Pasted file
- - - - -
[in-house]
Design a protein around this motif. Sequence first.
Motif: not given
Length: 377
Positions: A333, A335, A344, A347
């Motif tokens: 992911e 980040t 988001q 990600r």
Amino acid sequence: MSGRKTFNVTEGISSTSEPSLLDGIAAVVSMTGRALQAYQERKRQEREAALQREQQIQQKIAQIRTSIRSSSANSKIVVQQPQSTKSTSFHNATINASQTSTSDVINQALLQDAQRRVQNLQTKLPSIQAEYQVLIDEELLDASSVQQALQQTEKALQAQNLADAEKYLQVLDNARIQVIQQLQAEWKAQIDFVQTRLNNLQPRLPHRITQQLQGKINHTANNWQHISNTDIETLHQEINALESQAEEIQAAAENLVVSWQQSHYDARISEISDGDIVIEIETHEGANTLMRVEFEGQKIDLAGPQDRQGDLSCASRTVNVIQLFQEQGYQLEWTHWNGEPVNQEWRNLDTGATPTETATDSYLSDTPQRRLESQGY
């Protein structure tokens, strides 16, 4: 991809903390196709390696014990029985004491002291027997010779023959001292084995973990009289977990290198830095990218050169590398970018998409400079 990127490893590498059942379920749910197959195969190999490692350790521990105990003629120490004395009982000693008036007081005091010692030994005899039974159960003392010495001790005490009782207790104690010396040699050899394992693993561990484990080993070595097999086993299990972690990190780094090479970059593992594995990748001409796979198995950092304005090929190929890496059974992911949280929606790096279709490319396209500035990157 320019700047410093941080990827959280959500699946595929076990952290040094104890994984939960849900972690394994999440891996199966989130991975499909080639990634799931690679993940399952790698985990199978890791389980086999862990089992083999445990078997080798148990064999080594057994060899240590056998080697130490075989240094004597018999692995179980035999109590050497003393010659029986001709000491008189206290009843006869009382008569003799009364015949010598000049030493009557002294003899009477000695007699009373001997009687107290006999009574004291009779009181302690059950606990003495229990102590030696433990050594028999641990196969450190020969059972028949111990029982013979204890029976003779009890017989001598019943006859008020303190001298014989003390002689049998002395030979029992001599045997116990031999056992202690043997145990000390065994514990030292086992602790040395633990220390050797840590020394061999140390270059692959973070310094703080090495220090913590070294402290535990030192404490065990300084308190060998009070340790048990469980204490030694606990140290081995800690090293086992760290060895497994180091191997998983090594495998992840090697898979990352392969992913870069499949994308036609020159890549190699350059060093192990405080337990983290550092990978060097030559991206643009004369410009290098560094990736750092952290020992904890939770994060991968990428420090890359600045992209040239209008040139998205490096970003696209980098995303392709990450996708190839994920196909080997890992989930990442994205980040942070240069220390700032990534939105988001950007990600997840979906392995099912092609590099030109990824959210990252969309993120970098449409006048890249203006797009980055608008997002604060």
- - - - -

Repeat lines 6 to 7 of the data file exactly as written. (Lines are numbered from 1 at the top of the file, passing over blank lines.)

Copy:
């Motif tokens: 992911e 980040t 988001q 990600r």
Amino acid sequence: MSGRKTFNVTEGISSTSEPSLLDGIAAVVSMTGRALQAYQERKRQEREAALQREQQIQQKIAQIRTSIRSSSANSKIVVQQPQSTKSTSFHNATINASQTSTSDVINQALLQDAQRRVQNLQTKLPSIQAEYQVLIDEELLDASSVQQALQQTEKALQAQNLADAEKYLQVLDNARIQVIQQLQAEWKAQIDFVQTRLNNLQPRLPHRITQQLQGKINHTANNWQHISNTDIETLHQEINALESQAEEIQAAAENLVVSWQQSHYDARISEISDGDIVIEIETHEGANTLMRVEFEGQKIDLAGPQDRQGDLSCASRTVNVIQLFQEQGYQLEWTHWNGEPVNQEWRNLDTGATPTETATDSYLSDTPQRRLESQGY